Analysis

Ontario high school teacher deal bodes well for other contract talks

Provincial affairs reporter Mike Crawley breaks down the tentative deal between Ontario public high school teachers and the province, and what it means for parents with children in the elementary, Catholic and Francophone systems.

Intensive negotiations still on the horizon, chair of school board umbrella group warns

Education Minister Liz Sandals, here touring a school in Hamilton, said she's pleased a deal has been reached with the Ontario Secondary School Teachers' Federation. But what will that deal mean for other teachers who are in a legal strike position? (John Rieti/CBC)

The tentative contract between the union representing Ontario's public secondary teachers and the province has no doubt left many parents relieved, although those with children in the elementary, Catholic and Francophone systems are likely wondering what the agreement means for them.

The Ontario Secondary School Teachers' Federation (OSSTF) reached the deal with the provincial government and the Ontario Public School Boards Association in the wee hours of Thursday morning. 

It's a crucial breakthrough, because it's the first agreement reached since contracts expired for all four teachers' unions a year ago, giving it the potential to set a precedent for the other three. All are in a legal strike position, with the clock ticking toward the start of school on Sept. 8. 

The OSSTF deal is just one sign the often tense relationship between the teachers' unions and Premier Kathleen Wynne's Liberal government is easing.

Contract talks are back on track, and none of the teachers unions are threatening to hit the picket lines right after Labour Day. The school year will start on time, and classes are on for everyone. 

However, parents could see some effects of work-to-rule campaigns in the elementary and Catholic schools.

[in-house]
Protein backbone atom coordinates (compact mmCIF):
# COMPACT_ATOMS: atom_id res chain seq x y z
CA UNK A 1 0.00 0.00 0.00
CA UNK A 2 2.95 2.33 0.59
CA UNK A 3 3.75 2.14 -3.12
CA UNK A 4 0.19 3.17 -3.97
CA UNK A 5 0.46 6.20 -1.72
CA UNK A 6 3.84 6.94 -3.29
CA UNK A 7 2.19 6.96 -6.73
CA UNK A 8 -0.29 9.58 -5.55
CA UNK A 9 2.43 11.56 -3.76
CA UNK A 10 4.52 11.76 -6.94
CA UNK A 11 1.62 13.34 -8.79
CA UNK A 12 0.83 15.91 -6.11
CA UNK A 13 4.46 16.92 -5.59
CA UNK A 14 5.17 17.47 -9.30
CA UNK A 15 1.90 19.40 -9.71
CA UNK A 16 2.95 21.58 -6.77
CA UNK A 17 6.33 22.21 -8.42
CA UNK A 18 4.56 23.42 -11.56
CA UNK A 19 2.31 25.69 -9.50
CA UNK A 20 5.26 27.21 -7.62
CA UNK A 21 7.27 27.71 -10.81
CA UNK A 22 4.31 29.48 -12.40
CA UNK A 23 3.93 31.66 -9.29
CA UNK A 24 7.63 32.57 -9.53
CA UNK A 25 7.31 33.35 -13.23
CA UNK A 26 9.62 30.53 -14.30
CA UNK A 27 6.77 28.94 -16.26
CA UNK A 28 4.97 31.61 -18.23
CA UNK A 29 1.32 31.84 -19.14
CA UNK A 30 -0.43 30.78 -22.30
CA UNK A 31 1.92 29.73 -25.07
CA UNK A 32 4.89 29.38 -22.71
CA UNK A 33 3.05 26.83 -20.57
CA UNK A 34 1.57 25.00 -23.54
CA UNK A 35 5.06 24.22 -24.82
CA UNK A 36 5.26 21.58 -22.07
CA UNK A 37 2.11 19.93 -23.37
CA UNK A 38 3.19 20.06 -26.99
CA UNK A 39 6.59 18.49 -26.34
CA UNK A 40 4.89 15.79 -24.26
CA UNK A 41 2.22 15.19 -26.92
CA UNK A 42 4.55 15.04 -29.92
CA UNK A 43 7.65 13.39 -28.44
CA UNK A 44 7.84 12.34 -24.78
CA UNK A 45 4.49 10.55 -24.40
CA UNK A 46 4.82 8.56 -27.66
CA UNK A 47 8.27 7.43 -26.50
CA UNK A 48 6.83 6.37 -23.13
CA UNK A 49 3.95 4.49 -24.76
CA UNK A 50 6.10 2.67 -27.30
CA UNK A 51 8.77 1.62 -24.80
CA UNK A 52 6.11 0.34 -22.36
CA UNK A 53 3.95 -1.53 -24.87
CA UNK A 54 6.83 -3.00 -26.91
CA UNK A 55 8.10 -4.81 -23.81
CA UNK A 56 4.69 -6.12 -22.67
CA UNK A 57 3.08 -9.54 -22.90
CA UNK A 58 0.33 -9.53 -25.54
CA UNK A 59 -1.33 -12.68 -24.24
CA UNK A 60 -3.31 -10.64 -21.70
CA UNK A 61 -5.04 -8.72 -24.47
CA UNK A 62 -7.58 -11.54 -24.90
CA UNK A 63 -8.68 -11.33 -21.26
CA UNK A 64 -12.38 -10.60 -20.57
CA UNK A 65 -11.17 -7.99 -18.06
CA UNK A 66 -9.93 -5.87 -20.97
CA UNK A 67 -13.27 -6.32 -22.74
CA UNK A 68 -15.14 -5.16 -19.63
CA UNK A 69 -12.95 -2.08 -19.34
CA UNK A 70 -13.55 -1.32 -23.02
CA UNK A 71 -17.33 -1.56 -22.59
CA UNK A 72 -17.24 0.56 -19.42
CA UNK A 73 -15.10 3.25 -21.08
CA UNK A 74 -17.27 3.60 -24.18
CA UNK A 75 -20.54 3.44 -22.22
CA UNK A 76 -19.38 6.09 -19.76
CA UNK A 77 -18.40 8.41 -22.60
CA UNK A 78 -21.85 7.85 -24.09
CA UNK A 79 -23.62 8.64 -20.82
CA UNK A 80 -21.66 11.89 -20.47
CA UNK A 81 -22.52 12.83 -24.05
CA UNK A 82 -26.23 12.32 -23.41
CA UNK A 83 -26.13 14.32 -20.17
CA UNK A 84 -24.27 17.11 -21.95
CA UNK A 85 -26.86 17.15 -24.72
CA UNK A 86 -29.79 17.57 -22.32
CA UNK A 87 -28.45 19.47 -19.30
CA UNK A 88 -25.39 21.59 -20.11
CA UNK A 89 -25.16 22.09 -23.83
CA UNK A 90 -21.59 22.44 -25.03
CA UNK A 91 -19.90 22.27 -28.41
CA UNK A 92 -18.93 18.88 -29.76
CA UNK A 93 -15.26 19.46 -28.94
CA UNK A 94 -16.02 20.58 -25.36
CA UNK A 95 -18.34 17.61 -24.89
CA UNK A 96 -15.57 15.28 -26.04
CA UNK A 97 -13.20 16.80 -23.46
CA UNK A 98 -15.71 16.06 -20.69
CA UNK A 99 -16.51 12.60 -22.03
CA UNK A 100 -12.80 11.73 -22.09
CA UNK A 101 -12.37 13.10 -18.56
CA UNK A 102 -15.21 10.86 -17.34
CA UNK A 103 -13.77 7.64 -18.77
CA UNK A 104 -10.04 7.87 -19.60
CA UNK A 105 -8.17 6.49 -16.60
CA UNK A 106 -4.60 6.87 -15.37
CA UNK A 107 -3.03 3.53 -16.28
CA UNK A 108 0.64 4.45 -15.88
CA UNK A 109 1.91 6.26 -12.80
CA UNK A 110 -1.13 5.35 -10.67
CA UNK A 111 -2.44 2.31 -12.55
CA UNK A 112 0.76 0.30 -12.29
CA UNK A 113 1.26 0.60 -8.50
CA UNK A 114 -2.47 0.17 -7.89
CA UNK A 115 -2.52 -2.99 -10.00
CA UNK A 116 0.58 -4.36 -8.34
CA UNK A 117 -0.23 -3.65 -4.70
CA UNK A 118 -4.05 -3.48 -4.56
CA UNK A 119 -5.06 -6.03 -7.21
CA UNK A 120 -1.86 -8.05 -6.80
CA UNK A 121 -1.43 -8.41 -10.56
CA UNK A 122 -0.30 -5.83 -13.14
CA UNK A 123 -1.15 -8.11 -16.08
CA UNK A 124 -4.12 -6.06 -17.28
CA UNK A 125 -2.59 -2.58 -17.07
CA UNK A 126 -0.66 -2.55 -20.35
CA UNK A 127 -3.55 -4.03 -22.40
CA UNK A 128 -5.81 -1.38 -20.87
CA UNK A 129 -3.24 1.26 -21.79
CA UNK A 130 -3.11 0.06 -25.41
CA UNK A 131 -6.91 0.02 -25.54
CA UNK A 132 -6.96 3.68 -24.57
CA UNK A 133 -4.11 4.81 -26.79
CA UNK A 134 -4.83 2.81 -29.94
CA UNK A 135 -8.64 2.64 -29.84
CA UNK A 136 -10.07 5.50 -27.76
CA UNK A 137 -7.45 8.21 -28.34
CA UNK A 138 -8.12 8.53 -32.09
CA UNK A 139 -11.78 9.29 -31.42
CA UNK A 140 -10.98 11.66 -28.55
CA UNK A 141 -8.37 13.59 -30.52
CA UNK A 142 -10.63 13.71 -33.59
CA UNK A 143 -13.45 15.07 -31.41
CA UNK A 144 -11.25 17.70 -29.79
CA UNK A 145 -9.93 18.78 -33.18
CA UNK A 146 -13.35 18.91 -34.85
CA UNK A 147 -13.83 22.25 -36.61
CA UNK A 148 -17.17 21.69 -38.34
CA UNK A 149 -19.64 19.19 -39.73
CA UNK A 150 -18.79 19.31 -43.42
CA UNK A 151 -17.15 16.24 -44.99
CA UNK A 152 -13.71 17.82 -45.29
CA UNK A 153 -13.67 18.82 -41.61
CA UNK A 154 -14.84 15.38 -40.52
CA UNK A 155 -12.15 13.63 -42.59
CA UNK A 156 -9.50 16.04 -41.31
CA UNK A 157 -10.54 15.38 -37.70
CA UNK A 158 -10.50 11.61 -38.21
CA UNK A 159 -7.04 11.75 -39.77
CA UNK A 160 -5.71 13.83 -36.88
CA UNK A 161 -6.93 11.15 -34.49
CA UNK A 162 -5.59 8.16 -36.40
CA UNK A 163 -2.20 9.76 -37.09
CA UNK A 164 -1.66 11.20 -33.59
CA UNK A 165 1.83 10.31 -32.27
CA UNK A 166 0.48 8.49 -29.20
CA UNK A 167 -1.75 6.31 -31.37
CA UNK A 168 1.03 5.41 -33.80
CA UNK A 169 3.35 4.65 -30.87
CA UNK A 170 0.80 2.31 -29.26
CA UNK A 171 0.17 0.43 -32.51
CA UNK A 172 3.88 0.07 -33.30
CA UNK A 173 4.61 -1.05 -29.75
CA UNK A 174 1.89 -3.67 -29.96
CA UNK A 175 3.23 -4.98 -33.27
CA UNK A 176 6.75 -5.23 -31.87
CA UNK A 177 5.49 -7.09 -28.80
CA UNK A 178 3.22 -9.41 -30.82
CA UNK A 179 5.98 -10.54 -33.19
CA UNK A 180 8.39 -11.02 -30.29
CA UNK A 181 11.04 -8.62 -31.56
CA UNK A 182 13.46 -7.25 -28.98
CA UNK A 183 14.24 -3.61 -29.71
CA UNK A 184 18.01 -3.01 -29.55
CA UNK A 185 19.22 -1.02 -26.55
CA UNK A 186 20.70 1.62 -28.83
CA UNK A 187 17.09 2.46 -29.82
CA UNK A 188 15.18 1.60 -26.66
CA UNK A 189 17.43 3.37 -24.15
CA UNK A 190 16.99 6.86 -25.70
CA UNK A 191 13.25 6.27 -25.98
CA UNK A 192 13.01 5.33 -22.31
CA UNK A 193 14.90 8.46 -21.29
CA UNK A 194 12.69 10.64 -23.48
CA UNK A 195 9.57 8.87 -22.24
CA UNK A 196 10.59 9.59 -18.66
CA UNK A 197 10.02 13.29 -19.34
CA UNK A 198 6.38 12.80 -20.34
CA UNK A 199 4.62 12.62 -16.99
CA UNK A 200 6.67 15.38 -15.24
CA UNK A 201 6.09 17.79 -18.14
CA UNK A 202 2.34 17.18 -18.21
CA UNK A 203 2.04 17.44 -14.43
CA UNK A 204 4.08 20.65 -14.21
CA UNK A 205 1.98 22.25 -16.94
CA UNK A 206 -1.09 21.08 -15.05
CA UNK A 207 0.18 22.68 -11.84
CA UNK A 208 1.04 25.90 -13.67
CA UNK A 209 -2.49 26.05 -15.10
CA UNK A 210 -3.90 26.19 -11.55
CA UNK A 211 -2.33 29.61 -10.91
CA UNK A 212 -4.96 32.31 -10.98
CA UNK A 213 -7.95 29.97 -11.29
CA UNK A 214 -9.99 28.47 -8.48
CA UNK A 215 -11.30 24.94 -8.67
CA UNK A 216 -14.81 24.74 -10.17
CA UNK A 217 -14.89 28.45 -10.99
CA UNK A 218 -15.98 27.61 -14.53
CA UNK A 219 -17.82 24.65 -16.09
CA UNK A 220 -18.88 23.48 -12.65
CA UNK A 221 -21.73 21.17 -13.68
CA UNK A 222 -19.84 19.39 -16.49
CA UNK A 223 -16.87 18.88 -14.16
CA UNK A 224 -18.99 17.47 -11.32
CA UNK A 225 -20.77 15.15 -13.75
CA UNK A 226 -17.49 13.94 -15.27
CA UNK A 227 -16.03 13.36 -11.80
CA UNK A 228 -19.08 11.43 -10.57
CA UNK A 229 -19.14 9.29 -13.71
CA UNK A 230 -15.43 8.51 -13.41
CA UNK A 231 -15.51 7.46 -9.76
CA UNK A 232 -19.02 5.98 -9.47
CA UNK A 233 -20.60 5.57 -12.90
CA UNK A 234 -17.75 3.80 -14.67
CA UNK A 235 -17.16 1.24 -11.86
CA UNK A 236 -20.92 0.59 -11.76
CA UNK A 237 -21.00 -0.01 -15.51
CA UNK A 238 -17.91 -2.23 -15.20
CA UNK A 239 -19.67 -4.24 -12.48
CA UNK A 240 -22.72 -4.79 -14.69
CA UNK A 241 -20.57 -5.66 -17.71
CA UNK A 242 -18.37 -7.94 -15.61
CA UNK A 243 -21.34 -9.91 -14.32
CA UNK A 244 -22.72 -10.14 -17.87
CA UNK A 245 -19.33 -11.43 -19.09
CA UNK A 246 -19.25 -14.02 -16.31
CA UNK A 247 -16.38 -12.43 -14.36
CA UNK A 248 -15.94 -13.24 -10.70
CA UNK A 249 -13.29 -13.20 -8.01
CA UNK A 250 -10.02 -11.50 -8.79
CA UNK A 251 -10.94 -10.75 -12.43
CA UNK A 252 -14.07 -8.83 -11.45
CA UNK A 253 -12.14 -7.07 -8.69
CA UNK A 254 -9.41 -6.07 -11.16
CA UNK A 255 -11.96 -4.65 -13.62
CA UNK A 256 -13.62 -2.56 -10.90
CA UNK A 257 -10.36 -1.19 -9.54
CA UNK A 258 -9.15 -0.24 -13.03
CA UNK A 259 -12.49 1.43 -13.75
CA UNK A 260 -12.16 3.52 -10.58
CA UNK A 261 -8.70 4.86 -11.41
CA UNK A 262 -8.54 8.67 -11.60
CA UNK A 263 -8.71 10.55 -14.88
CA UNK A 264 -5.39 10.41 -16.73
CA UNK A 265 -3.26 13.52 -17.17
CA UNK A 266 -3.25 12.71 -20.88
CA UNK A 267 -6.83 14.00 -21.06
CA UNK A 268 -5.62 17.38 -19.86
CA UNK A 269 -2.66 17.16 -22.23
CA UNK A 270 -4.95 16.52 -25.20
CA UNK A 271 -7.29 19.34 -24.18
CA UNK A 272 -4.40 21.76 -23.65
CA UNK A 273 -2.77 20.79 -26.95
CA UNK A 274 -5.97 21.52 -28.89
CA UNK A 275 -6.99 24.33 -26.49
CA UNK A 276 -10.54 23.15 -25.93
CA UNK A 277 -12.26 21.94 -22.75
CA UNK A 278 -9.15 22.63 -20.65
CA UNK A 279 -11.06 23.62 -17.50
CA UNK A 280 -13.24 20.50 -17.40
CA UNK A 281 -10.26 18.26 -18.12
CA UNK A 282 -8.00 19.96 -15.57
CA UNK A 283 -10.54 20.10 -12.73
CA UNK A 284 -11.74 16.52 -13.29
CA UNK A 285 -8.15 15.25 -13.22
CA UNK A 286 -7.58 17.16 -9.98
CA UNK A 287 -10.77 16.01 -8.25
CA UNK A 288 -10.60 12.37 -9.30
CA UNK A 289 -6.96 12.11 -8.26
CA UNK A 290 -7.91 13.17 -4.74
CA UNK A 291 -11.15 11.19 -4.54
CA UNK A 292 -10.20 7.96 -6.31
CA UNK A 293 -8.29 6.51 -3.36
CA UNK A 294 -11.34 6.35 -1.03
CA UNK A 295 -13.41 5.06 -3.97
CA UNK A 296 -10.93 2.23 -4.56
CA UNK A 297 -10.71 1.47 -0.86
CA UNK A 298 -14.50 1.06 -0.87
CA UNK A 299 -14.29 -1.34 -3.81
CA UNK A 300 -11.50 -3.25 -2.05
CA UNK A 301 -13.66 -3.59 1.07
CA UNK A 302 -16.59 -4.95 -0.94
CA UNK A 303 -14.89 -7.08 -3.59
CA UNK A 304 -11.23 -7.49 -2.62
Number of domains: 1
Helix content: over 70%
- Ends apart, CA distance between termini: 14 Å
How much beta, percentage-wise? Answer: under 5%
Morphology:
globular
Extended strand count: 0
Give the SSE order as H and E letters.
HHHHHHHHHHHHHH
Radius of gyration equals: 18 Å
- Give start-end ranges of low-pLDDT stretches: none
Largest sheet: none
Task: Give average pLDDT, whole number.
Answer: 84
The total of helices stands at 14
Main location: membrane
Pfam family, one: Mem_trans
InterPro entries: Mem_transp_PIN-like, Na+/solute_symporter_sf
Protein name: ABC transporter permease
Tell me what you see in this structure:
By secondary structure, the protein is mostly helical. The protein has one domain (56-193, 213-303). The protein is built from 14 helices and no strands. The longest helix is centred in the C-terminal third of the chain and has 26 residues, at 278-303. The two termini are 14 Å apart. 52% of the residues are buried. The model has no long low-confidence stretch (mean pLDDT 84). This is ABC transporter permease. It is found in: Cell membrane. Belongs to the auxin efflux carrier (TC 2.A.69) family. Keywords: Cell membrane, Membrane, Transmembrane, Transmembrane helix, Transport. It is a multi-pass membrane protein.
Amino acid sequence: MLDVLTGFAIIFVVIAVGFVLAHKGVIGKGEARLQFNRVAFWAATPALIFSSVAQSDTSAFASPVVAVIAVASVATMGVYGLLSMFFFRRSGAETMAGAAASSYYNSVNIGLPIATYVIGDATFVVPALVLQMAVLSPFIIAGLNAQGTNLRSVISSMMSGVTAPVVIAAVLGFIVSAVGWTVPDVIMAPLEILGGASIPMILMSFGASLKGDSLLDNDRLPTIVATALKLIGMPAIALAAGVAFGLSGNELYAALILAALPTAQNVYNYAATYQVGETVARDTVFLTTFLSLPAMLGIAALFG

ETFO steps up work-to-rule campaign

I'm not going to speculate on what's going to happen or where we're going to be- Sam Hammond, ETFO  President

If the Elementary Teachers' Federation of Ontario does not have a deal by the time its 78,000 members go back to work, teachers won't run field trips, participate in meet-the-teacher nights or do school fundraising.

Extra-curricular activities are not on the ETFO's hit list. Keeping that leverage in reserve suggests they are still two steps away from walking off the job. 

Administrative gambit

The Ontario English Catholic Teachers Association is still in the midst of talks that are scheduled to continue until  Tuesday. OECTA is talking about an "administrative work-to-rule" campaign.

This would be similar to what elementary schools saw last year when ETFO refused to participate in certain staff meetings and refused to enter marks and comments into the report card computer system. 

However, neither of these work-to-rule campaigns will happen if the unions reach tentative deals before class resumes. The chances of this appear to have increased with the OSSTF deal. 

Similar sticking points

The catch is whether the sticking points for ETFO and OECTA resemble the issues that mattered for the secondary teachers.

For the high school teachers, one key issue was a push by the school boards to allow class size limits to be exceeded. ETFO and OECTA have suggested this is a stumbling block in their negotiations, too. 

Since the details of the OSSTF deal are not being made public, it's unclear how negotiators handled the Wynne government's firm stance on what`s come to be known as "net zero." That is, the government has said there will be no wage increase unless equal overall savings on wage costs are negotiated as a tradeoff.

Each union has its own issues, and there's no guarantee the others will agree to a one-size-fits-all contract. 

"I'm not going to speculate on what's going to happen or where we're going to be," ETFO president Sam Hammond said Thursday. "I want to get back to the table on Sept. 1, deal with the issues and move ahead." 

Michael Barrett, chair of the school board umbrella group OPSBA, said Thursday the bargaining team cannot rely on "the cookie-cutter approach of being able to have one agreement and just have it roll out to the rest of the bargaining units. There will still be some heavy lifting and some intensive negotiations to take place with other unions."

However, if the province was willing to make this deal with OSSTF, it certainly bodes well for the rest of the school system. 

The smallest teachers' union, L'Association des enseignantes et des enseignants franco-ontariens (AEFO), has 10,000 members and is in a legal strike position, but so far is not threatening job action for the start of the school year.

About the Author

Mike Crawley

Provincial Affairs Reporter

Mike Crawley is provincial affairs reporter in Ontario for CBC News. He has won awards for his reporting on the eHealth spending scandal and flaws in Ontario's welfare-payment computer system. Before joining the CBC in 2005, Mike filed stories from 19 countries in Africa as a freelance journalist and worked as a newspaper reporter in B.C. Follow him on Twitter @CBCQueensPark

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